Sanitarium hits back at CHOICE claims that liquid breakfasts have “shonky” health claims

  • June 26, 2013

Food manufacturer Sanitarium has rejected claims from Australian consumer group CHOICE that health claims on Sanitarium’s Up & Go liquid breakfast products are “shonky”. CHOICE had claimed that the Sanitarium product was one of several popular liquid breakfast products carrying “dodgy nutritional claims”.

But Sanitarium said its product meets the standard set by the Code of Practice on Nutrient Claims (CoPoNC), which previously was recognised by Food Standards Australia New Zealand (FSANZ)’s predecessor body.  According to Sanitarium, the CoPoNC states that a food product must contain no less than 3 grams of fibre per serve to claim it is “high in fibre”.

“Sanitarium Up & Go fibre content of 3.8 grams is well in excess of the Code of Practice [CoPoNC] requirement to enable a ‘high fibre’ content claim,” said Michelle Reid, APD and Nutritionist for Sanitarium.

“If liquid breakfasts contained 20 per cent fibre, as CHOICE proposes for a high fibre claim, there would be 50 grams of fibre per serve – which is almost double the recommended daily intake – and no doubt inedible. It would be like eating 1.5 loaves of wholegrain bread a day,” Ms Reid said.

CHOICE made the claims after an investigation into 23 liquid breakfast products, including Sanitarium’s Up & Go, Devondale Fast Start, Kellogg’s breakfast drinks, Vitasoy Vitago, Dairy Farmers Oats Express and Aldi Goldenvale Quick Start.

“Shonky claims on liquid breakfasts such as ‘high in fibre’, ‘fibre for digestive health’, and ‘goodness of three grains’ is a cause for concern,” said Tom Godfrey, CHOICE spokesperson. “Liquid breakfasts have on average 1.5 per cent fibre, which is well below the 10 per cent benchmark for high fibre. It is grains away from the 39.5 per cent fibre offered by some bran cereals,” he said.

CHOICE claims its investigation also found that “10 of the 23 products investigated have more than 23g of sugar per serve – roughly the same as a chocolate bar”.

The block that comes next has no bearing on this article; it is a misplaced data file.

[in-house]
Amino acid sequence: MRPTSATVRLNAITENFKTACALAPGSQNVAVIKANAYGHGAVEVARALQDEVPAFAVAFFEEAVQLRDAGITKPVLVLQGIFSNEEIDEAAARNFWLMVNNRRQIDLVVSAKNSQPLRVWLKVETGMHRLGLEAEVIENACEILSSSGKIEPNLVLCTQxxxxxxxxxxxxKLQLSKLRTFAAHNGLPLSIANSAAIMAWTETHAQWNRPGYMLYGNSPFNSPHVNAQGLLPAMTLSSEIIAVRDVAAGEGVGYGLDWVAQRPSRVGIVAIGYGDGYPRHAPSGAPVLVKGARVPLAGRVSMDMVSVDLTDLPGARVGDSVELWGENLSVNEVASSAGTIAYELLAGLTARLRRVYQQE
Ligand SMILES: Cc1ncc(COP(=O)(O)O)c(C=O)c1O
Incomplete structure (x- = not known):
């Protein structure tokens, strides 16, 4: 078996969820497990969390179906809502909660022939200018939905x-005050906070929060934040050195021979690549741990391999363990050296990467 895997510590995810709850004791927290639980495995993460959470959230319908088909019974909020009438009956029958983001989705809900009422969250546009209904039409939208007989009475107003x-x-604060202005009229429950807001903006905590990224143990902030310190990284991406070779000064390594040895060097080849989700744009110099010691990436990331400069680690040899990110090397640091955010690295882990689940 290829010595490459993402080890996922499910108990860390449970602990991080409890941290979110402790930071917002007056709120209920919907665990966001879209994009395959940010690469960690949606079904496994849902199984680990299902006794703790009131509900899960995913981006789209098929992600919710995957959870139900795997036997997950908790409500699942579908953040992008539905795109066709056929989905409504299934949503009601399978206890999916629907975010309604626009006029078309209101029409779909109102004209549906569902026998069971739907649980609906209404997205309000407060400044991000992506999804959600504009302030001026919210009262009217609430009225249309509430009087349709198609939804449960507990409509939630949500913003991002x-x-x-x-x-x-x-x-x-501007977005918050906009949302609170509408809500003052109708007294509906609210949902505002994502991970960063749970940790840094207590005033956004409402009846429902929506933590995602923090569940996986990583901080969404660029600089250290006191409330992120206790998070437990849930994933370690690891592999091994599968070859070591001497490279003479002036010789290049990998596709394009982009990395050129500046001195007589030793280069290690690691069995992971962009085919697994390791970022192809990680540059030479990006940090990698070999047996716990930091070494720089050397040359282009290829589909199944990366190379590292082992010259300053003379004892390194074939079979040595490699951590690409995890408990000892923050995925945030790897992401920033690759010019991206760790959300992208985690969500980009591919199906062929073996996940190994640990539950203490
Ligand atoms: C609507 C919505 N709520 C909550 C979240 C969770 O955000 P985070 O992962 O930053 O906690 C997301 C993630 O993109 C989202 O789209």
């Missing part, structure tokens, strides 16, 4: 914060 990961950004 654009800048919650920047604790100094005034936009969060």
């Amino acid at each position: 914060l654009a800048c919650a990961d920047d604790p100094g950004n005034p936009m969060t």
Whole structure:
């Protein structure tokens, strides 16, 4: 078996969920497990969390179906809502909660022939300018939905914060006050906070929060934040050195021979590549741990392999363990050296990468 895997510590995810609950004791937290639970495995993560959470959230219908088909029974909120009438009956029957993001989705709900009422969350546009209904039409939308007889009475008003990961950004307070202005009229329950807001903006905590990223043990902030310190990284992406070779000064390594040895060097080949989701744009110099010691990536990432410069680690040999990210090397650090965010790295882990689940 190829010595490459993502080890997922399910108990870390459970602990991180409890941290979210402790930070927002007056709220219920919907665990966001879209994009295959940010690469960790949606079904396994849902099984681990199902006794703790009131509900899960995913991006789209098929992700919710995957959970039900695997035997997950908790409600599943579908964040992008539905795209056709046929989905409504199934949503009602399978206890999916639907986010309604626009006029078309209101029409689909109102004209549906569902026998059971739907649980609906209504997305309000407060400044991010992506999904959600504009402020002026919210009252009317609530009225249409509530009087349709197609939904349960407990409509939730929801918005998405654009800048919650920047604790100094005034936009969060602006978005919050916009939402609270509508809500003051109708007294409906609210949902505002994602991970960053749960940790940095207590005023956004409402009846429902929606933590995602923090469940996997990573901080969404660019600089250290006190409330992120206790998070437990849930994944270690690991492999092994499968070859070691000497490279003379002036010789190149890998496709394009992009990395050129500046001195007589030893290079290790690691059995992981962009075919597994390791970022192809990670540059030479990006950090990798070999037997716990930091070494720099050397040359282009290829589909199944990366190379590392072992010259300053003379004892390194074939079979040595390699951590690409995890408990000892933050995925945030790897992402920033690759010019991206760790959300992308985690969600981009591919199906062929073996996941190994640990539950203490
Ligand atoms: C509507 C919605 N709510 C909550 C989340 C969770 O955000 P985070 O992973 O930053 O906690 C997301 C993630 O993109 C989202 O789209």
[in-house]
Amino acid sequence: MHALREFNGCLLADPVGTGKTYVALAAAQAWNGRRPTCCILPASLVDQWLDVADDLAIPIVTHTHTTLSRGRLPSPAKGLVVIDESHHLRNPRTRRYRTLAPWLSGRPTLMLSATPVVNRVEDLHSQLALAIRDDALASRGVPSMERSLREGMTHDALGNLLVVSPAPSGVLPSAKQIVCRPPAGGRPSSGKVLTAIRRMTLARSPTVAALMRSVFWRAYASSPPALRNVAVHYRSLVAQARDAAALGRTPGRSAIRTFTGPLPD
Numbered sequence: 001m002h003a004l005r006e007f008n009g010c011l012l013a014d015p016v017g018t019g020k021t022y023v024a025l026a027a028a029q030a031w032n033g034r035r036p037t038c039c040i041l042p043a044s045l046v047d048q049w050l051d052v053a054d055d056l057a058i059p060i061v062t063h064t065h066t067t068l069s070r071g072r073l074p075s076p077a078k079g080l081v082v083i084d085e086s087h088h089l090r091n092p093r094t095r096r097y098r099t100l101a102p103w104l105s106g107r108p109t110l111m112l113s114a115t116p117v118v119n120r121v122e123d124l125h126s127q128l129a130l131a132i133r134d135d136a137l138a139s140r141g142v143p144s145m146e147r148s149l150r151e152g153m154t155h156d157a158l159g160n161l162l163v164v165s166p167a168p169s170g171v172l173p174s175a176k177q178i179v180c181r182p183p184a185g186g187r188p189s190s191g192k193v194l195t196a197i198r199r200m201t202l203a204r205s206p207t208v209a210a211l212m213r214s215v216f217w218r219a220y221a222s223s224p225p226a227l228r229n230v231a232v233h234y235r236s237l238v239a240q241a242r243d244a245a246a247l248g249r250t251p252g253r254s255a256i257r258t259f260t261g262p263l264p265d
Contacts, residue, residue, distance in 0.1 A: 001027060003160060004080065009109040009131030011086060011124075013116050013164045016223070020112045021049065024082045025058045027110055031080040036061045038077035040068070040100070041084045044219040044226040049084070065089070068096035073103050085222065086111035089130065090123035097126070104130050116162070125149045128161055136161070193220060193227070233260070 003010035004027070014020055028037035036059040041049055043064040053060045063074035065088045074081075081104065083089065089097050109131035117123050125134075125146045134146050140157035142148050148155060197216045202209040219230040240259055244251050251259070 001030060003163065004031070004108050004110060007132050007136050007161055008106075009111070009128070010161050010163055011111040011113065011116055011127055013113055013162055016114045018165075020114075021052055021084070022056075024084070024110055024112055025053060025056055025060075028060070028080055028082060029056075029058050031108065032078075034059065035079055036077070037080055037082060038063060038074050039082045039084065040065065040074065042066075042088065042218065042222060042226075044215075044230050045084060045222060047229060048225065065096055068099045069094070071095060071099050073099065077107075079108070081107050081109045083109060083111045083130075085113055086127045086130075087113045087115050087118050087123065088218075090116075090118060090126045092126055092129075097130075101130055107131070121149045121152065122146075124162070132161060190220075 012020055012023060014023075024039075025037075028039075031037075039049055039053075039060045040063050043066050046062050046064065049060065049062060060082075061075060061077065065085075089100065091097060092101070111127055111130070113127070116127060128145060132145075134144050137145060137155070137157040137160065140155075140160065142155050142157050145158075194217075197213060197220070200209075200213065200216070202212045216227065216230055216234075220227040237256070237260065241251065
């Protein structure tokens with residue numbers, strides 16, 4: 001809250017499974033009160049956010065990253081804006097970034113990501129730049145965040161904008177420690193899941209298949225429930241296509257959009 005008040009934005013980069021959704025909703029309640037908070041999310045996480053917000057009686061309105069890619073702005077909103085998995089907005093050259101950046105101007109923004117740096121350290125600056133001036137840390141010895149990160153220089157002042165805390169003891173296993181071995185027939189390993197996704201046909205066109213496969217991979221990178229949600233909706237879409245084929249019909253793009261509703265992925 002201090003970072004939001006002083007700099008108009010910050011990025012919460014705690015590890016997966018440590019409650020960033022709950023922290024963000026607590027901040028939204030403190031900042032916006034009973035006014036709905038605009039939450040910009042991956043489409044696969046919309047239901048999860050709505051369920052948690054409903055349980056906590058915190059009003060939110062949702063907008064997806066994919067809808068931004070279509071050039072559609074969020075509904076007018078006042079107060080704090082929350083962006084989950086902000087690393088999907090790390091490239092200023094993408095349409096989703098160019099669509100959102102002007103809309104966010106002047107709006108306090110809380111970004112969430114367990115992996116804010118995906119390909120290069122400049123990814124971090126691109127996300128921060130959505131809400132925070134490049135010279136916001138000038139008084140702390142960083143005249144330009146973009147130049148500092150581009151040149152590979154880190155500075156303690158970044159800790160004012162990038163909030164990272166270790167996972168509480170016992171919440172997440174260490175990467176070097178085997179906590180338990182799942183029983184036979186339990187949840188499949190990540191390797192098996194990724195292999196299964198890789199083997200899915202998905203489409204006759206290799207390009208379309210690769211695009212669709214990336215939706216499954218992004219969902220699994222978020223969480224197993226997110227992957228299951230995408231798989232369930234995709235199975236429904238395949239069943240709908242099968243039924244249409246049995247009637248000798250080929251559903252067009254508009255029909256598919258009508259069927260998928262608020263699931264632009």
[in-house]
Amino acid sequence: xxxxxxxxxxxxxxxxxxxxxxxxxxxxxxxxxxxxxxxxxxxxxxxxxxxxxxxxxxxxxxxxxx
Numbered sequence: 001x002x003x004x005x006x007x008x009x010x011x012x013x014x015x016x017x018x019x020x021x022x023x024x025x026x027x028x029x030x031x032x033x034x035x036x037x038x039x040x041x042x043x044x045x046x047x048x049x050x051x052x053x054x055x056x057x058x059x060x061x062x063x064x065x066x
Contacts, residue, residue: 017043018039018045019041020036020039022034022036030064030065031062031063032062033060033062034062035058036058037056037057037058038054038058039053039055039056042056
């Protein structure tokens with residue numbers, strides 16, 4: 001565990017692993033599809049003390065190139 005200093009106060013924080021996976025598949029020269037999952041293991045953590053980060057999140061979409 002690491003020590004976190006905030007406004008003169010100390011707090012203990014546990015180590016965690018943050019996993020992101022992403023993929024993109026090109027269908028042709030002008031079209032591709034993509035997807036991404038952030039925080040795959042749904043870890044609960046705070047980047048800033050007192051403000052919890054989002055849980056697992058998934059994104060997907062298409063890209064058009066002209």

“If it’s energy you are after, the breakfast drinks CHOICE reviewed ranged from 700kj to 912kj and fall short of a regular meal that comes in at 2,000kj. So, if you are looking for convenience and want to avoid mid-morning snacking, reach for a tub of yoghurt and grab an apple,” Mr Godfrey said.

Alternatives to CoPoNC

Under Australia’s new Nutrition, Health and Related Claims standard, which became operational under a 3-year transition period from mid-January 2013  – and which (according to legal experts) is expected to supersede CoPoNC  –   some dietary fibre claims are permitted if a product contains only  2g of dietary fibre in a serving of the food (or less if the claim is about low or reduced dietary fibre).

The new Nutrition, Health and Related Claims Standard requires any product with a claim of  “excellent source of dietary fibre” to have at least 7g of dietary fibre in the serving and  a “good source” claim requires at least 4g of dietary fibre per serving under this new Food Standard.

At the same time,  CHOICE’s threshold -  that suggests a minimum of 20 percent fibre  -  does not appear to be supported by any government law or industry code or recent scientific findings.

Australian Food News reported on several occasions in 2012 about scientific findings concerning health benefits of  resistant starches as part of a fibre combination,  as well as other recent studies which demonstrated that the amount of fibre-content by itself does not necessarily tell the full story about health benefits or nutritional value of the product.

Breakfast drinks category

Liquid breakfasts are a growing category in supermarket aisles. While Sanitarium’s Up & Go has ruled the market since its launch 15 years ago, selling more than 34 million litres through supermarkets in the past 12 months, other manufacturers have since entered the battle for shelf space.

According to data from market research organisation Nielsen, published in the ‘Retail World Grocery Guide 2012’, Sanitarium had 100 per cent share of both value and volume in the portable liquid breakfast cereal category in 2012. Brand share was split between Up & Go (95.5 per cent value, 95.4 per cent volume) and Up & Go Vive (4.5 per cent value, 4.6 per cent volume).

Sanitarium's Up & Go liquid breakfast


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One Response to “Sanitarium hits back at CHOICE claims that liquid breakfasts have “shonky” health claims”

  1. chef-life on June 27th, 2013 12:34 pm

    The concept of a liquid breakfast is just stupid. Their is no way I would allow my children to go to school with just a drink for breakfast, only actual food is acceptable for breakfast. Companies will always market their suger filled products as healthy but Australians have become smarter over the years and are not putting this rubbish into their childrens diet.

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